When I showed it to my great uncle, his memories came flooding back of his
                        father's stories of the Trans Siberian Railroad and how he rigged a boxcar
                        to be a bakery.

                        Joan's book is the best book I have read on the topic by far. She is an
                        excellent writer, and tells the story in a very enjoyable and well
                        structured way. It's a complex topic and she manages to make it
                        understandable. Many books can get bogged down with footnotes and
                        complicated names and events that influenced the legion, and she handles
                        all that very elegantly.

                        I cannot recommend it highly enough, and I wish I had written the book
                        myself!

                        Tonya

                        --
                        Tonya Harmon


                        [Non-text portions of this message have been removed]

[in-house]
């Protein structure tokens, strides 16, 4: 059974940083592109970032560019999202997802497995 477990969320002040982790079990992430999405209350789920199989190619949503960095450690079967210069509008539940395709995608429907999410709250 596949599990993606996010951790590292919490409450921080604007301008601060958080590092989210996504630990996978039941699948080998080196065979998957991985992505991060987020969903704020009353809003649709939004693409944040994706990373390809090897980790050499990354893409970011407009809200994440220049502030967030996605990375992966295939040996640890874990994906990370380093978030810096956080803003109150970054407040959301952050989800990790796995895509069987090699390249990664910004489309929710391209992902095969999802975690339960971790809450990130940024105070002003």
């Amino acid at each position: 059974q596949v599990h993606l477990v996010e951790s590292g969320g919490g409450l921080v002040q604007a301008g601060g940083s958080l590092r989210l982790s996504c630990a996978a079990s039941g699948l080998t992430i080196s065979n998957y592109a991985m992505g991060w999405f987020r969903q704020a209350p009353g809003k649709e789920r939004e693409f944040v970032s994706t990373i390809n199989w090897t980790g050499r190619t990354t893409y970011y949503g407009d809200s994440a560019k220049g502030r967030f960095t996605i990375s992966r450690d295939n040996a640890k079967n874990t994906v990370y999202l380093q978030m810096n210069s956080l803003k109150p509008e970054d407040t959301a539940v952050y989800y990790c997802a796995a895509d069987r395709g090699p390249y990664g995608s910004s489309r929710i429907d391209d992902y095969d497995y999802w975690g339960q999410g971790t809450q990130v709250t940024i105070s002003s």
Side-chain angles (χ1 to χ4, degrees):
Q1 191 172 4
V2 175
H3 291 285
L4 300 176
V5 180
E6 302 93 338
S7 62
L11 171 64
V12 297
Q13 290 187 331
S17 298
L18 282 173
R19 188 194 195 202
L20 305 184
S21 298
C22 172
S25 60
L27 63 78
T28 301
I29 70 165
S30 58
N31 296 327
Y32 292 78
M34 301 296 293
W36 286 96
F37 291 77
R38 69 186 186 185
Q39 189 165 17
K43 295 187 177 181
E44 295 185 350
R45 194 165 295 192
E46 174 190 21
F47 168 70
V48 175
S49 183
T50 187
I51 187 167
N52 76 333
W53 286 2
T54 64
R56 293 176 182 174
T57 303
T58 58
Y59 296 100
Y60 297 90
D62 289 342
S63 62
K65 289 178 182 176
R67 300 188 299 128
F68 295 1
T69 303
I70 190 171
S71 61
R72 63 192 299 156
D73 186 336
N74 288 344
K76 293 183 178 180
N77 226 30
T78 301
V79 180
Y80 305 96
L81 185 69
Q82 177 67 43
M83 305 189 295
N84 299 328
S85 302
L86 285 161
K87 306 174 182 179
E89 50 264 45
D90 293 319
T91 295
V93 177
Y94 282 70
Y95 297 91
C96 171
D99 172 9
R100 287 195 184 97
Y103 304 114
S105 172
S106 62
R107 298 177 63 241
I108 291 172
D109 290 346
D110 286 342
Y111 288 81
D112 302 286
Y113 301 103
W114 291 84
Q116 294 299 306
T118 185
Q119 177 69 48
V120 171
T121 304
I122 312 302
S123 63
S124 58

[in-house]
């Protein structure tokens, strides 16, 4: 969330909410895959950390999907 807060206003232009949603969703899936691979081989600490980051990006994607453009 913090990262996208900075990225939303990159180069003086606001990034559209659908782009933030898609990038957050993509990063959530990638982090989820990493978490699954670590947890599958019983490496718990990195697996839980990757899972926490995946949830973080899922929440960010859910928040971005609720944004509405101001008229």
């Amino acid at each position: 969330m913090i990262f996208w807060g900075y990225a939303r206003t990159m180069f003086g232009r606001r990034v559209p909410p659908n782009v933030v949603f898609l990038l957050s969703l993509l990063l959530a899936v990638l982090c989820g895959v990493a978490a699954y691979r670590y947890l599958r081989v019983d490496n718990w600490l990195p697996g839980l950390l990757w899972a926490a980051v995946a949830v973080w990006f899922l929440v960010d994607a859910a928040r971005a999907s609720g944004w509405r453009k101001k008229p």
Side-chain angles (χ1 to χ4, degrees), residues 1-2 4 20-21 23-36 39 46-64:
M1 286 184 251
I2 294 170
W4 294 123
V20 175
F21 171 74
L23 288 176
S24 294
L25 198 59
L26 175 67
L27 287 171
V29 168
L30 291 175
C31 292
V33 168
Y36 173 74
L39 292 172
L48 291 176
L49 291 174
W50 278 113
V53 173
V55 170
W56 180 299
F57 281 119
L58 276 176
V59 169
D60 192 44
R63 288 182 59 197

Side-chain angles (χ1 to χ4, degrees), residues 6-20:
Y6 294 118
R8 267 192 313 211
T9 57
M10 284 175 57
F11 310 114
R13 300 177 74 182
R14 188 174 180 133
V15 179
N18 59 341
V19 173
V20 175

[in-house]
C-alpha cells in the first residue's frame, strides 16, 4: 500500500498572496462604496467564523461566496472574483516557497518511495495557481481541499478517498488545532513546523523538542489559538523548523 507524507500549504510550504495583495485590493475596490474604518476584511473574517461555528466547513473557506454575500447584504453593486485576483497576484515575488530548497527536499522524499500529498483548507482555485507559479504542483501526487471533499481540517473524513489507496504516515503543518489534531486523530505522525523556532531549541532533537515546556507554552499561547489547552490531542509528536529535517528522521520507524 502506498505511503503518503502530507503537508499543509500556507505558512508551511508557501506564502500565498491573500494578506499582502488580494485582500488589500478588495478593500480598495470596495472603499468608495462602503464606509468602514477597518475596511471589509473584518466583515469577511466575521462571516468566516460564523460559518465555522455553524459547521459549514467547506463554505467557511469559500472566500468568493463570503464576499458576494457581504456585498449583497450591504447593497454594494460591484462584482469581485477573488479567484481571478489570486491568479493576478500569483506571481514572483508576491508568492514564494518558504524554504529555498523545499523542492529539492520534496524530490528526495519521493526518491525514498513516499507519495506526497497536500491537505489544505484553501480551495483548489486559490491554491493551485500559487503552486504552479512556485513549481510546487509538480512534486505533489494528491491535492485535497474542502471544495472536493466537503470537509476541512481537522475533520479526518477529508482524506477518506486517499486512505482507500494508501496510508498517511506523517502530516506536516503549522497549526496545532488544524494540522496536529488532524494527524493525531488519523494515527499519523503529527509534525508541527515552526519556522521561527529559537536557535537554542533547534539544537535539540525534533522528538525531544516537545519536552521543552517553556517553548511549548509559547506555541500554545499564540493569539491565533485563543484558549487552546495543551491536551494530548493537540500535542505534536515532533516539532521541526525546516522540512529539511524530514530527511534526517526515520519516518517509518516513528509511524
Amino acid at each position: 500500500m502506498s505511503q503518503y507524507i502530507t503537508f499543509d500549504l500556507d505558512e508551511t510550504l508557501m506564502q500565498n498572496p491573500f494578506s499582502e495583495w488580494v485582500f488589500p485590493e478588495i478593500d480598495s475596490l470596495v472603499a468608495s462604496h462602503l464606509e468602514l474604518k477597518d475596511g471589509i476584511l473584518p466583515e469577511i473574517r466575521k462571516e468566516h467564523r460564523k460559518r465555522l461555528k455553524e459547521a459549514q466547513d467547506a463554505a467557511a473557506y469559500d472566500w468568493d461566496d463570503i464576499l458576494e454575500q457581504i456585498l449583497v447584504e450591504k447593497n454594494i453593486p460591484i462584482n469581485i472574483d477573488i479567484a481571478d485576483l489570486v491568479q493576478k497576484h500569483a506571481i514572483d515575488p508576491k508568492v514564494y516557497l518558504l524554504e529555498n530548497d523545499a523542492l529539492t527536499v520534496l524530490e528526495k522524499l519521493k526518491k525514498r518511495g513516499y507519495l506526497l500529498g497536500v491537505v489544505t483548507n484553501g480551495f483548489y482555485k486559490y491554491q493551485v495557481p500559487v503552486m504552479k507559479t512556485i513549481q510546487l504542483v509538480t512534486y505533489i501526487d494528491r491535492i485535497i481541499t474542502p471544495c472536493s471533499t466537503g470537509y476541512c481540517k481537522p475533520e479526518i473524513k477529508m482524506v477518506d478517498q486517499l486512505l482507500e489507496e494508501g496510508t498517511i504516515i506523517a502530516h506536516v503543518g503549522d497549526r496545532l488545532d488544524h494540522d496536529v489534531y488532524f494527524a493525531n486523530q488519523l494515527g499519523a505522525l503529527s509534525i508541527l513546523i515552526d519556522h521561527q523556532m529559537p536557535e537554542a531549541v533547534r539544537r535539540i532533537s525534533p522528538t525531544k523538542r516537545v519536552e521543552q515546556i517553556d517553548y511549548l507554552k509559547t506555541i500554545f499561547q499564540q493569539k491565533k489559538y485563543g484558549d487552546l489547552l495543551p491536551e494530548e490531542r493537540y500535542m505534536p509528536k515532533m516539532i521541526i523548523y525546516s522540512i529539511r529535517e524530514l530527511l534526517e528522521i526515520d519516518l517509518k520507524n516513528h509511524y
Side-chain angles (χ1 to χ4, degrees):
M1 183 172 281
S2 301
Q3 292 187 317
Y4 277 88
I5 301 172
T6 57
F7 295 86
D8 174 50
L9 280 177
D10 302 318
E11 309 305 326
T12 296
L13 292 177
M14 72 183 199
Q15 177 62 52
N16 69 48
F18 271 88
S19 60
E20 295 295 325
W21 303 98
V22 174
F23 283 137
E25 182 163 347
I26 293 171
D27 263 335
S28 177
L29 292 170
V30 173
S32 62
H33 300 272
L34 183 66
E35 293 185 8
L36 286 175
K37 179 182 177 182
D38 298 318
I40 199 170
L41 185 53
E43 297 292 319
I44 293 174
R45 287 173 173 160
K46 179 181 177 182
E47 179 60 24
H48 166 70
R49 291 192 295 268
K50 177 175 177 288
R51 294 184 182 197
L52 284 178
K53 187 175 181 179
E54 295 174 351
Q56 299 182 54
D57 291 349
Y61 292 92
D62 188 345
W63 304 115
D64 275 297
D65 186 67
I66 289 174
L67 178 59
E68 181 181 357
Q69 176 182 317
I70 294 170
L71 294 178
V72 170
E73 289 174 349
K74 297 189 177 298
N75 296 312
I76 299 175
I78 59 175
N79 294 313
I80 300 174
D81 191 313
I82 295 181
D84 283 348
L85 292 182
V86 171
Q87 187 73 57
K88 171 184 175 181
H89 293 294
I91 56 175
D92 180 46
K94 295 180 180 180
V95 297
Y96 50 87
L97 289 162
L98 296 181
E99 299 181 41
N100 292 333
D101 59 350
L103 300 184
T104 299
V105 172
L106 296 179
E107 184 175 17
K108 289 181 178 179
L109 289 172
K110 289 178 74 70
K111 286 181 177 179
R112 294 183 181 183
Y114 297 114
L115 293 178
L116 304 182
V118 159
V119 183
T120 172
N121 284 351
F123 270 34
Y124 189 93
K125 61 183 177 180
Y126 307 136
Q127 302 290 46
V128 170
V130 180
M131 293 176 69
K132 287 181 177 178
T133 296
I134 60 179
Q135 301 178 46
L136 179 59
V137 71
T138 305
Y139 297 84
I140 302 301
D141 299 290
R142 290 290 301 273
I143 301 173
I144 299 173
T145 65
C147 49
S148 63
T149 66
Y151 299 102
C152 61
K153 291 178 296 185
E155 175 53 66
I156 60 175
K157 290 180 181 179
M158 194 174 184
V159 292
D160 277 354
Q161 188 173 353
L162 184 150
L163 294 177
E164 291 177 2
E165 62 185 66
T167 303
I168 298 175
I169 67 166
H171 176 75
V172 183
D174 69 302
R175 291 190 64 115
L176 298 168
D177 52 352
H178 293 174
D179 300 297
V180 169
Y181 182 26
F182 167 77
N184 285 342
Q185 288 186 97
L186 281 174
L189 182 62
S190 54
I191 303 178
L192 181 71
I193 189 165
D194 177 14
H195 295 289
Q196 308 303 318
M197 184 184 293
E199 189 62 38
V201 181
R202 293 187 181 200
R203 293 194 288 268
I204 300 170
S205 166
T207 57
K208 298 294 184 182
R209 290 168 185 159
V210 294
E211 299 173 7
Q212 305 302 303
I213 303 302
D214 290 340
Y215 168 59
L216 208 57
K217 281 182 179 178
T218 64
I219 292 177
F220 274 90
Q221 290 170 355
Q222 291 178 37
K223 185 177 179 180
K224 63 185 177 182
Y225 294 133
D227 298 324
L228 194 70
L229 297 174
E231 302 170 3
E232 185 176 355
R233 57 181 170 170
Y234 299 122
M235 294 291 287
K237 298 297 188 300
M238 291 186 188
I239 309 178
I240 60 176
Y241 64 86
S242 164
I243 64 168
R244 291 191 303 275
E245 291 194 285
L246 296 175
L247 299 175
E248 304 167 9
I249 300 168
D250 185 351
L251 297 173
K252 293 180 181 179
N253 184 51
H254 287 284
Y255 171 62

• Ron
                        Thanks Tonya, It is good to get a comprehensive commentary! Ron
                        Message 11 of 11 , Oct 11, 2012
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                          Thanks Tonya,

                          It is good to get a comprehensive commentary!

                          Ron

                          --- In Slovak-World@yahoogroups.com, Tonya Harmon <tharmon63@...> wrote:
                          >
                          > Ron, I've been reading up on this subject for the past 3 years. Not a lot> has been written in English about it, at least not a lot that has been well> written and comprehensive. I also have a video documentary on the subject> done a few years ago. I've blogged about it myself.
                          >